Facebook vs. MySpace: ethno-sociologie comparée


ou ‘Facebook, c’est pour les »bouffons »‘, comme dirait A. Finkielkraut.

L’essai de Danah Boyd , Viewing American class divisions through Facebook and MySpace, soutient que le choix de Facebook ou de MySpace reflète au moins autant qu’une différence d’âge une différence socio-culturelle. Le billet du blogue de Danah Boyd qui annonçait l’essai en juin dernier a reçu à date 308 commentaires.

Il y a un mois [mai 2007] l’armée a interdit l’usage de MySpace, mais pas de Facebook. Ce fut une décision parce que la division dans l’armée reflète la division dans les lycées [high schools]. Les hommes de troupe sont sur MySpace; les officiers sont sur Facebook. Facebook est très populaire dans l’armée mais ce n’est pas le SNS d’élection des soldats de 18 ans, un groupe qui provient en premier lieu des communautés les plus pauvres et les moins éduquées.

Dans les années 70, Paul Willis a étudié la jeunesse dans les classes laborieuses britanniques et a écrit un livre intitulé « Learning to Labor: How Working Class Kids Get Working Class Jobs« . Il soutenait que les jeunes des classes laborieuses rejettent les valeurs culturelles hégémoniques parce que c’est le seul moyen de continuer à faire partie de la communauté au milieu de laquelle ils vivent. Autrement dit, si vous ne savez pas que vous pouvez réussir en faisant un saut culturel, ne vous en faites pas: vous perdriez tous vos amis et votre communauté dans l’opération. Cette analyse résonne fortement dans le contexte de la société américaine contemporaine. J’aimerais connaître le moyen de réparer ça.

Plus d’extraits (en anglais) après le saut.

Viewing American class divisions through Facebook and MySpace Annotated

For all of 2005 and most of 2006, MySpace was the cool thing for high school teens and Facebook was the cool thing for college students. This is not to say that MySpace was solely high school or Facebook solely college, but there was a dominating age division that played out in the cultural sphere.

The goodie two shoes, jocks, athletes, or other « good » kids are now going to Facebook. These kids tend to come from families who emphasize education and going to college. They are part of what we’d call hegemonic society. They are primarily white, but not exclusively. They are in honors classes, looking forward to the prom, and live in a world dictated by after school activities.

MySpace is still home for Latino/Hispanic teens, immigrant teens, « burnouts, » « alternative kids, » « art fags, » punks, emos, goths, gangstas, queer kids, and other kids who didn’t play into the dominant high school popularity paradigm. These are kids whose parents didn’t go to college, who are expected to get a job when they finish high school. These are the teens who plan to go into the military immediately after schools. Teens who are really into music or in a band are also on MySpace. MySpace has most of the kids who are socially ostracized at school because they are geeks, freaks, or queers.

Most teens who exclusively use Facebook are familiar with and have an opinion about MySpace. These teens are very aware of MySpace and they often have a negative opinion about it. They see it as gaudy, immature, and « so middle school. » They prefer the « clean » look of Facebook, noting that it is more mature and that MySpace is « so lame. » What hegemonic teens call gaudy can also be labeled as « glitzy » or « bling » or « fly » (or what my generation would call « phat ») by subaltern teens. Terms like « bling » come out of hip-hop culture where showy, sparkly, brash visual displays are acceptable and valued. The look and feel of MySpace resonates far better with subaltern communities than it does with the upwardly mobile hegemonic teens. This is even clear in the blogosphere where people talk about how gauche MySpace is while commending Facebook on its aesthetics. I’m sure that a visual analyst would be able to explain how classed aesthetics are, but aesthetics are more than simply the « eye of the beholder » – they are culturally narrated and replicated. That « clean » or « modern » look of Facebook is akin to West Elm or Pottery Barn or any poshy Scandinavian design house (that I admit I’m drawn to) while the more flashy look of MySpace resembles the Las Vegas imagery that attracts millions every year. I suspect that lifestyles have aesthetic values and that these are being reproduced on MySpace and Facebook.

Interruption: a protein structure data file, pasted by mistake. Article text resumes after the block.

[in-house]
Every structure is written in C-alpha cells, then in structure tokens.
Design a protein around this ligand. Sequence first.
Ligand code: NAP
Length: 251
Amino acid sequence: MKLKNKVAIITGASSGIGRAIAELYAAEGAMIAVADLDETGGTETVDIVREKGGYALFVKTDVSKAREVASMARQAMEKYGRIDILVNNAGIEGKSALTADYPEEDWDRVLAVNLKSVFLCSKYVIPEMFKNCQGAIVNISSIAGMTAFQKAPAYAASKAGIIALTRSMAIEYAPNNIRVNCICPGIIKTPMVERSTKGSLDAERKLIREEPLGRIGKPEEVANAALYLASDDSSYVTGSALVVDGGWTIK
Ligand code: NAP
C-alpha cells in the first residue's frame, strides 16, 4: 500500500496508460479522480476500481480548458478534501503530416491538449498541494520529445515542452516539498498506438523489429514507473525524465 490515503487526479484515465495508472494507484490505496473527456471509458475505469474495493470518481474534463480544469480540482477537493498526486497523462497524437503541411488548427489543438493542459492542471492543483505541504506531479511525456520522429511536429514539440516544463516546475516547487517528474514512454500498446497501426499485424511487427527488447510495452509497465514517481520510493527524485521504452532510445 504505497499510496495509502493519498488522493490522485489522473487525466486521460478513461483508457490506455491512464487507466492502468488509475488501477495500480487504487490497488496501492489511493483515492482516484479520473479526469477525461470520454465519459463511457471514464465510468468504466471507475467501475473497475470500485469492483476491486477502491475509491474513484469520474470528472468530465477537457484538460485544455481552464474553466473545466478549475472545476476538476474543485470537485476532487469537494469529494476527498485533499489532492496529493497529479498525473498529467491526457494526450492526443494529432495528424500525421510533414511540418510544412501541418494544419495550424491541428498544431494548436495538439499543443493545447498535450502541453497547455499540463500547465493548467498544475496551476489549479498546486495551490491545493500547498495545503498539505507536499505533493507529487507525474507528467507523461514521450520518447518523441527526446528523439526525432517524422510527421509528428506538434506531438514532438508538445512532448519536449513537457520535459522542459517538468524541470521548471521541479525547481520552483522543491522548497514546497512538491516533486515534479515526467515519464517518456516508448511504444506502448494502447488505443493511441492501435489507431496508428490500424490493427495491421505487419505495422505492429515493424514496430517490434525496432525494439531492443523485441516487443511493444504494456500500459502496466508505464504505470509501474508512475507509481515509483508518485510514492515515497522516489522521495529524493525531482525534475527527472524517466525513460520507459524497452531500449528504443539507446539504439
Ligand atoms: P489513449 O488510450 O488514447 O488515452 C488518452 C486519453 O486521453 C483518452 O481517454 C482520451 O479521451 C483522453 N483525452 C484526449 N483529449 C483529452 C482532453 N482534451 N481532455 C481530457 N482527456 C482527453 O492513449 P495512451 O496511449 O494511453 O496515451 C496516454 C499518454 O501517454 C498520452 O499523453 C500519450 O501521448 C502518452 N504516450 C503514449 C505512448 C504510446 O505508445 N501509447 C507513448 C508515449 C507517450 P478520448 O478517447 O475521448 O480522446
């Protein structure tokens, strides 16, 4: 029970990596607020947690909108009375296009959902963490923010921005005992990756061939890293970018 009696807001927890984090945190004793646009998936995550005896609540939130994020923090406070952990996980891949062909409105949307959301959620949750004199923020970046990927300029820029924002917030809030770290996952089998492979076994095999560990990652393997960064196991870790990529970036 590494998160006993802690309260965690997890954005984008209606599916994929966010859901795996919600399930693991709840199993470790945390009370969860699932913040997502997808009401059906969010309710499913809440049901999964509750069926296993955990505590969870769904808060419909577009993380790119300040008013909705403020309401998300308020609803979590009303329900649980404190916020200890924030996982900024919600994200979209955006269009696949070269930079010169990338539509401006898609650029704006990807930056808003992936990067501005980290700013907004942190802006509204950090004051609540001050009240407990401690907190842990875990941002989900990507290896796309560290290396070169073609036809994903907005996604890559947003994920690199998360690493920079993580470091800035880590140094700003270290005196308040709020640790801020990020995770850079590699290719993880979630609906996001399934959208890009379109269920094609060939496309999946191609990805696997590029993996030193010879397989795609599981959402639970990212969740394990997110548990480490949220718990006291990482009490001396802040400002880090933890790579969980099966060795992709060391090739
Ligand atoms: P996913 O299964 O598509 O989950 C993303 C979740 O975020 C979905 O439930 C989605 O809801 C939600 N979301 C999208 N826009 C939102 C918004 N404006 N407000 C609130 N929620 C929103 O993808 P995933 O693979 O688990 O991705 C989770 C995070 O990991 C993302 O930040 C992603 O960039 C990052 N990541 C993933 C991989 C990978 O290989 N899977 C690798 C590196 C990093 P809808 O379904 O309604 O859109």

A month ago, the military banned MySpace but not Facebook. This was a very interesting move because the division in the military reflects the division in high schools. Soldiers are on MySpace; officers are on Facebook. Facebook is extremely popular in the military, but it’s not the SNS of choice for 18-year old soldiers, a group that is primarily from poorer, less educated communities. They are using MySpace.

In the 70s, Paul Willis analyzed British working class youth and he wrote a book called Learning to Labor: How Working Class Kids Get Working Class Jobs. He argued that working class teens will reject hegemonic values because it’s the only way to continue to be a part of the community that they live in. In other words, if you don’t know that you will succeed if you make a run at jumping class, don’t bother – you’ll lose all of your friends and community in the process. His analysis has such strong resonance in American society today. I just wish I knew how to fix it.

One Response to “Facebook vs. MySpace: ethno-sociologie comparée”

  1. 1 Bling-bling, Glitter & Vernacular Web « bibliothécaire

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